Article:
By Jennifer Niven
Genre: Young Adult
Published: 1/6/15 by Random House
5 out of 5 stars
The book summary for All the Bright Places begins with "The Fault in Our Stars meets Eleanor and Park..." I'm always annoyed when new books are compared to books that I loved, because I think it sets up unfair expectations for the new book. However, in this case, I'd say that a cross between those books is a fair comparison. All The Bright Places does have a lot in common with the plots of Fault in our Stars and Eleanor and Park (and a little bit of Papertowns by John Green too), and it is written with the same wit and sharp dialogue found in the writing of John Green and Rainbow Rowell. Like Eleanor and Park, Finch and Violet don't quite fit in with the rest of the kids at their school. Like Gus and Hazel, Finch and Violet both are plagued by a similar affliction. In The Fault in our Stars it is cancer; in All the Bright Places it is mental illness/suicide.
There are definitely similarities between these stories, but even though it may not be wholly original, I still loved the story found in All the Bright Places. I read the entire book in almost one setting, even with a horrible migraine. I could barely keep my eyes open but I did not want to stop until the story was over. Jennifer Niven said in the notes at the end of the book that she wanted to write a story that was edgy, tough and sad but still funny. And I think she succeeded. She also said that this story was based on an experience she had in real life, which I think makes it more touching and real.
The story begins when Finch and Violet first meet. Both are standing on the ledge of the school bell tower, and both are considering whether or not to jump and end their life. Finch talks Violet off the ledge (literally) spouting off witty, sharp dialogue that is unexpected given the seriousness of the situation. Immediately it had my attention. I am such a sucker for fun, smart dialogue. Even if teens don't talk this way in real life, I just love reading about them in fiction. (Reason #1 why I am such a big John Green fan). I've read other reviews (of both this novel and John Green) that call this pretentious, but I find it fun to read.
Violet is grieving over the death of her sister, feeling responsible for her sister's death and unable to move on with life. Finch is forever an outcast, plagued by mood swings that range from high to low and obsessed with death and the possibility of taking his own life. When these two meet, Violet finds a reason for living again while Finch continues to struggle.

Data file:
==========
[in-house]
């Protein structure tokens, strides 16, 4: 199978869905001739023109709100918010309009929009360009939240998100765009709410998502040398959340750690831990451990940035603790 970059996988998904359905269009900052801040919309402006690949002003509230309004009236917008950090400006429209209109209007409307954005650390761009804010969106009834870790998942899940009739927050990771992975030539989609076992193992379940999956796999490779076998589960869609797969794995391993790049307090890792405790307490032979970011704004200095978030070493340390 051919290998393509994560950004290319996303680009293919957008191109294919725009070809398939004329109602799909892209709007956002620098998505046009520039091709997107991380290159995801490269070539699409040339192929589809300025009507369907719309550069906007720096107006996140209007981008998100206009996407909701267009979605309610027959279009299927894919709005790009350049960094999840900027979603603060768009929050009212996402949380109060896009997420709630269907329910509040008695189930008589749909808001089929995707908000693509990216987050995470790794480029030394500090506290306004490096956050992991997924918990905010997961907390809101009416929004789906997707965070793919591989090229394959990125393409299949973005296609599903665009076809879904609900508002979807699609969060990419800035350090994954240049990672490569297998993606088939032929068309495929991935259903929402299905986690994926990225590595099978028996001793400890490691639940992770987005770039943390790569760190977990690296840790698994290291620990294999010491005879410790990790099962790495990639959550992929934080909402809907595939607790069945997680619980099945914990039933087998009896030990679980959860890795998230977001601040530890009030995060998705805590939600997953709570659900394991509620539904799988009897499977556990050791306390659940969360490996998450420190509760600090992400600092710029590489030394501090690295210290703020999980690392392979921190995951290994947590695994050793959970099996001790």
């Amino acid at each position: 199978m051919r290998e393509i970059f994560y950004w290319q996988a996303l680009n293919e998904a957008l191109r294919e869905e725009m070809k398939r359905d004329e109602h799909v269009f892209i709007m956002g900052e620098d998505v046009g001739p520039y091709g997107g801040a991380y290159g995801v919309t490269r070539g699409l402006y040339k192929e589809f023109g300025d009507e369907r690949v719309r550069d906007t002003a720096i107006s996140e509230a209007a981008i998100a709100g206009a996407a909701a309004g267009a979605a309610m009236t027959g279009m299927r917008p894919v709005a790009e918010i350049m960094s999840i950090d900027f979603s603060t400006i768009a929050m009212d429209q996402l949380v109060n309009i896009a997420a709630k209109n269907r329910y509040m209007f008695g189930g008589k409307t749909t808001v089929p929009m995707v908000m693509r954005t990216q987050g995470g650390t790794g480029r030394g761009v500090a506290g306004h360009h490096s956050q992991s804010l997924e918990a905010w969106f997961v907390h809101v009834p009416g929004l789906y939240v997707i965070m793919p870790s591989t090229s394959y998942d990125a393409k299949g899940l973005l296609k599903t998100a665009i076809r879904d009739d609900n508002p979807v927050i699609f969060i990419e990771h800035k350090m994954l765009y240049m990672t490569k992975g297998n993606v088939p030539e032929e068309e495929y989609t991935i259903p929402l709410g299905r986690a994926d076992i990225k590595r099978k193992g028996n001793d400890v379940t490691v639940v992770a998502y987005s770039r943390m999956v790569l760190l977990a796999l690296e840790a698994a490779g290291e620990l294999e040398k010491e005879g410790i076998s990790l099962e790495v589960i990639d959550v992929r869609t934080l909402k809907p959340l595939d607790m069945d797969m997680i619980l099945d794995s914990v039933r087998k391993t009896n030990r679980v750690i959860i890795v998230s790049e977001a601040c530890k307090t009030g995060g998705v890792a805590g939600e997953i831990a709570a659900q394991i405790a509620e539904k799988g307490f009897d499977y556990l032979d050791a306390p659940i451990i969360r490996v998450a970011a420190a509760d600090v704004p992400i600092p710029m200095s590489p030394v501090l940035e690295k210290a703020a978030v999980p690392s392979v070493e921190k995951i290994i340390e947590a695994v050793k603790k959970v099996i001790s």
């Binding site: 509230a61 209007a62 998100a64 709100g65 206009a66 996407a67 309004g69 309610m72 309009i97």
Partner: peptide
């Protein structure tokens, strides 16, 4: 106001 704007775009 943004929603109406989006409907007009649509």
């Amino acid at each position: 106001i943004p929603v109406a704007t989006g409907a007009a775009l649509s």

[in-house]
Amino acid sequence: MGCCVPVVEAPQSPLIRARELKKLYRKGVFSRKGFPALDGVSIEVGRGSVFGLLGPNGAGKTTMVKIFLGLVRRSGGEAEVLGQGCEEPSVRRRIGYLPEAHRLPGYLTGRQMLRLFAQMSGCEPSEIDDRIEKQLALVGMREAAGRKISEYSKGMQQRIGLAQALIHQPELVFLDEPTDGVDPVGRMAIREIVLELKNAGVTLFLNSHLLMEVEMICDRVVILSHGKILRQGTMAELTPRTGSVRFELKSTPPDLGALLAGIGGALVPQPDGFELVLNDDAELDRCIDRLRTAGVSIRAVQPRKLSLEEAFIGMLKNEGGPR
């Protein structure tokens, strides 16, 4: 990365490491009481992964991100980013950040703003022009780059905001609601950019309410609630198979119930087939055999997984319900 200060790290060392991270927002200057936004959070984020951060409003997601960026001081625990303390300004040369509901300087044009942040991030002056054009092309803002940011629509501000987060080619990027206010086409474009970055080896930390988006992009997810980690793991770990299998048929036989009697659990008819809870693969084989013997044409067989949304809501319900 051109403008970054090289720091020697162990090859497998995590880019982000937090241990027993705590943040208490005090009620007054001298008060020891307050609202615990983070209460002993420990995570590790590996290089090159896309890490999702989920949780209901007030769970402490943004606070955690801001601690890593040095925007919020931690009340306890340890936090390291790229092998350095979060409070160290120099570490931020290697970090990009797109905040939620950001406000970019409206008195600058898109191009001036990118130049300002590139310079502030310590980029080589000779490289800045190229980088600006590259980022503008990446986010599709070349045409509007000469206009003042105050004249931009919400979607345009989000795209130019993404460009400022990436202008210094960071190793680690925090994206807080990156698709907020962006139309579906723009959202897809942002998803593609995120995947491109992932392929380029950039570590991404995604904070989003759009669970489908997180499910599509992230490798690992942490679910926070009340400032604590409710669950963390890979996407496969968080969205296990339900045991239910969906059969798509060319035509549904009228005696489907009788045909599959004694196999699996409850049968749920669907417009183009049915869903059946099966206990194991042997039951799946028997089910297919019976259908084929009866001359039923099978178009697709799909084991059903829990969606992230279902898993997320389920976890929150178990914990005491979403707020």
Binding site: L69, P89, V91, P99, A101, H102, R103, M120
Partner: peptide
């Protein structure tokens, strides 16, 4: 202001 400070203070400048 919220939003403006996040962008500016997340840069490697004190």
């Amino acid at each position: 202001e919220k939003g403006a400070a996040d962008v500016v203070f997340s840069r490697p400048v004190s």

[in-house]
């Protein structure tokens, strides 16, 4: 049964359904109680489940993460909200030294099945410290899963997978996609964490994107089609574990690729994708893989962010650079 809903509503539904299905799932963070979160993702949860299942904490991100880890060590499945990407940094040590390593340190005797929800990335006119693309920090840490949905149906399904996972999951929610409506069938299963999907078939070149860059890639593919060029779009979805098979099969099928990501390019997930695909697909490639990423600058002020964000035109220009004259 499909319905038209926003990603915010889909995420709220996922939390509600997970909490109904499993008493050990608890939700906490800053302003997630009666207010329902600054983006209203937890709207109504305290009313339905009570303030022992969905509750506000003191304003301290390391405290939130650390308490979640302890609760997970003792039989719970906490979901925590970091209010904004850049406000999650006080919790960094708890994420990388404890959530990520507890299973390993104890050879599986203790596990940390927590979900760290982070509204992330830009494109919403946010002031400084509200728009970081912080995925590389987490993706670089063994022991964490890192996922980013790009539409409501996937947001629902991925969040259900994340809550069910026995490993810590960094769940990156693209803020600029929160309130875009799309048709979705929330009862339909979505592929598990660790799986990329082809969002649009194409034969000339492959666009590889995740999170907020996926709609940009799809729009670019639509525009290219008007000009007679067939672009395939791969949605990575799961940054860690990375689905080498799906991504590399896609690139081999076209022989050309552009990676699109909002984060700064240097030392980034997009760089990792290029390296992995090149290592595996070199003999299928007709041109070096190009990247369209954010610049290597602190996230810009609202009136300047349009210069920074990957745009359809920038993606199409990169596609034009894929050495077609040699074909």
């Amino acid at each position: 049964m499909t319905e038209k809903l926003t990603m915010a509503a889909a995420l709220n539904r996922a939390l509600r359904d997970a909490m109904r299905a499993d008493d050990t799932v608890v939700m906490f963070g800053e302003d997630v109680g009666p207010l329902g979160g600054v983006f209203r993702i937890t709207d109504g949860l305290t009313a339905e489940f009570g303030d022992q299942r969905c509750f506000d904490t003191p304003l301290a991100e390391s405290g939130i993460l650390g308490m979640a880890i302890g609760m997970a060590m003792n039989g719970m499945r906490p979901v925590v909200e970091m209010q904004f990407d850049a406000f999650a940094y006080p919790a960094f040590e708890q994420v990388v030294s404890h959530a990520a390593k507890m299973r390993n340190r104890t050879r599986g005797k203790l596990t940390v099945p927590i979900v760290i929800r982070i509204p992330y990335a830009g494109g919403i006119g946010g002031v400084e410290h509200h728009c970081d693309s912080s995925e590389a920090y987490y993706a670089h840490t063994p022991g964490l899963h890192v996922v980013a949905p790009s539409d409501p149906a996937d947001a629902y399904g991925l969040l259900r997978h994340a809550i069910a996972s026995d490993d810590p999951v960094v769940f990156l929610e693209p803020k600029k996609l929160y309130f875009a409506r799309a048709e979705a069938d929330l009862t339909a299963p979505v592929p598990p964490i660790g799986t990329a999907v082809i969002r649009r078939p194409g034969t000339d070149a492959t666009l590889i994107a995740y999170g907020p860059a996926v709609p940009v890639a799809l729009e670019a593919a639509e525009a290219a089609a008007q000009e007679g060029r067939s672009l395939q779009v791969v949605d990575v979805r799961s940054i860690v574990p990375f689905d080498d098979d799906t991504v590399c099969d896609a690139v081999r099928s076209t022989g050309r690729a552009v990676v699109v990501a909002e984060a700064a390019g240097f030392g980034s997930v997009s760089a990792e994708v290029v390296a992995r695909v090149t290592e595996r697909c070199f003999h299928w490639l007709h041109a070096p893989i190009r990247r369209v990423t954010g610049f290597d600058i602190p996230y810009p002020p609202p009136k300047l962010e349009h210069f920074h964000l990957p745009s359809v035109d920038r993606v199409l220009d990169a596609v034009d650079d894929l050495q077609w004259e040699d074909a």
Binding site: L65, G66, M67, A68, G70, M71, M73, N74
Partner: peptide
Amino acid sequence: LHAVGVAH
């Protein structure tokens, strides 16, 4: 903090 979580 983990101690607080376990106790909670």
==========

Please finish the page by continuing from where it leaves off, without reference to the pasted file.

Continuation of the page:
I feel like maybe I should include a spoiler alert for the rest of this review. Although I think it is pretty obvious what is going to happen just from reading the summary on the back cover of this book. So I'm not sure that I am really spoiling anything that anyone doesn't already know, but if you want to go into this story blind, then stop reading now!
I was not sure what to think about Finch at first. He is a bit over the top and all over the place. However, as the story progressed, I grew more sympathetic towards him. And by the end, I wanted to scream, "Why doesn't someone help this kid??!!" It was frustrating to read about the people in Finch's life who seemed either ignorant or unwilling to help him...his family, his guidance counselor, even Violet. But at the same time, I think it's probably realistic too. For many people, especially family, it is probably easier to ignore the problem and just hope it goes away than to deal with it head on. I felt like the guidance counselor was more interested in protecting himself legally than in truly helping Finn. In the case of Violet, she is a 17 year old girl with problems of her own and also "in love" with a confusing boy. It makes sense that she wasn't fully able to understand the seriousness of what was going on with Finn.
While sad and hard to read, Finn's struggle was intriguing to me. His attempts to stay "here", his refusal to seek help or be labelled, his continued thoughts of death even after meeting Violet, who made him so happy. I appreciated seeing things from his perspective even though I was so very sad for him and the loneliness of his struggle. I wanted Violet to be able to "fix" him but his struggles here were far deeper than the ability to be solved by simply falling in love with a girl.